Things You'll Need
Ratcheting wrench with directional control
Some ratcheting wrench's direction control are reversed. If you run into this, experiment by twisting the ratchet in both directions to discern which direction the direction control is pointing before assuming it is broken. You may run into some worn areas on your bolt or not. If removing the nut becomes tedious or hand injury becomes inevitable: use bolt cutters. Some ratcheting wrenches don't have a direction control as a switch but as a button on both sides of the wrench. The principles are the same: push the left button to reverse the ratchet and push the right button to tighten the nut.
A ratcheting wrench is a handy tool for working in tight spaces where a standard wrench would not be able to maneuver. You turn a standard wrench to the right when fastening a bolt and left if removing it. With a ratcheting wrench the old adage "rightie-tightie, leftie-loosie" still applies, but works a little differently.
Grip the ratcheting wrench and put the socket on the ratchet head. The wrench size you use will be the diameter of the nut you are removing; therefore, if you are removing a 1/2-inch nut, use a 1/2-inch socket.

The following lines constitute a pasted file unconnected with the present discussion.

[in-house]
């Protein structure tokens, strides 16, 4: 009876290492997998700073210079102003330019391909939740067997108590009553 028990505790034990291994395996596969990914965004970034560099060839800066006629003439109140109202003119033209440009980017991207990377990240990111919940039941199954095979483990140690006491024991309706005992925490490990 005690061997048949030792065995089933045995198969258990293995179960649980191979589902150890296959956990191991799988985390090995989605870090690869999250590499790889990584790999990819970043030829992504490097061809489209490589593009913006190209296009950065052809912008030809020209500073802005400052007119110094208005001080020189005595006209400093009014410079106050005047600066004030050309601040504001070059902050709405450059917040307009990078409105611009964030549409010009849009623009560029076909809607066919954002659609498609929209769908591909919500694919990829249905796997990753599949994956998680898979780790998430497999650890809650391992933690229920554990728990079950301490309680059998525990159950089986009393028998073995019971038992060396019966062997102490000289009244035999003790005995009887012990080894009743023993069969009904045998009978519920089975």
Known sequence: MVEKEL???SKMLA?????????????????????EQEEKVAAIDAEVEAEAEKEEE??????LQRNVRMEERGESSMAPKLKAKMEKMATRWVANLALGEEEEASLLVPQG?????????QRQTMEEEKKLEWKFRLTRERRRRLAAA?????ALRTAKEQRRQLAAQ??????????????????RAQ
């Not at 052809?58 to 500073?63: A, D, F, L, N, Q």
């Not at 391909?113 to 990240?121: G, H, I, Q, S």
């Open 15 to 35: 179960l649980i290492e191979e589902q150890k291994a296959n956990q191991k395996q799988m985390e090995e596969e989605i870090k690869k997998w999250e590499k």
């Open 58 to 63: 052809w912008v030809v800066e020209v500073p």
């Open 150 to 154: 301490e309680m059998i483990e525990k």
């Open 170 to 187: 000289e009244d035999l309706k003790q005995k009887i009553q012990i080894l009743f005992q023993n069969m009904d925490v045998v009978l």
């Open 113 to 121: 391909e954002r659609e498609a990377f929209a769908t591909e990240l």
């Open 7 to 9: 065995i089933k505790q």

Position the ratchet wrench with the wrench head on the bolt; the hexagonal shapes should compliment each other and have a snug fit—the wrench around the nut.
Slide the direction control to the left.
Twist the ratcheting wrench to the right. When your run out of space. Remove the wrench and slide it over the nut again from where you started. Twist the ratcheting wrench again until you run out of space. Repeat this process until the the nut has come off.
Heath Wright has been writing since 2000. He was first published in the eighth grade for his poetry. Since then, he has written journalism for his high school. He was also a contributing writer and editorial assistant for "The Quill," the newsletter of the Pennsylvania Shakespeare Festival. He has a Bachelor of Arts in theater and a minor in marketing.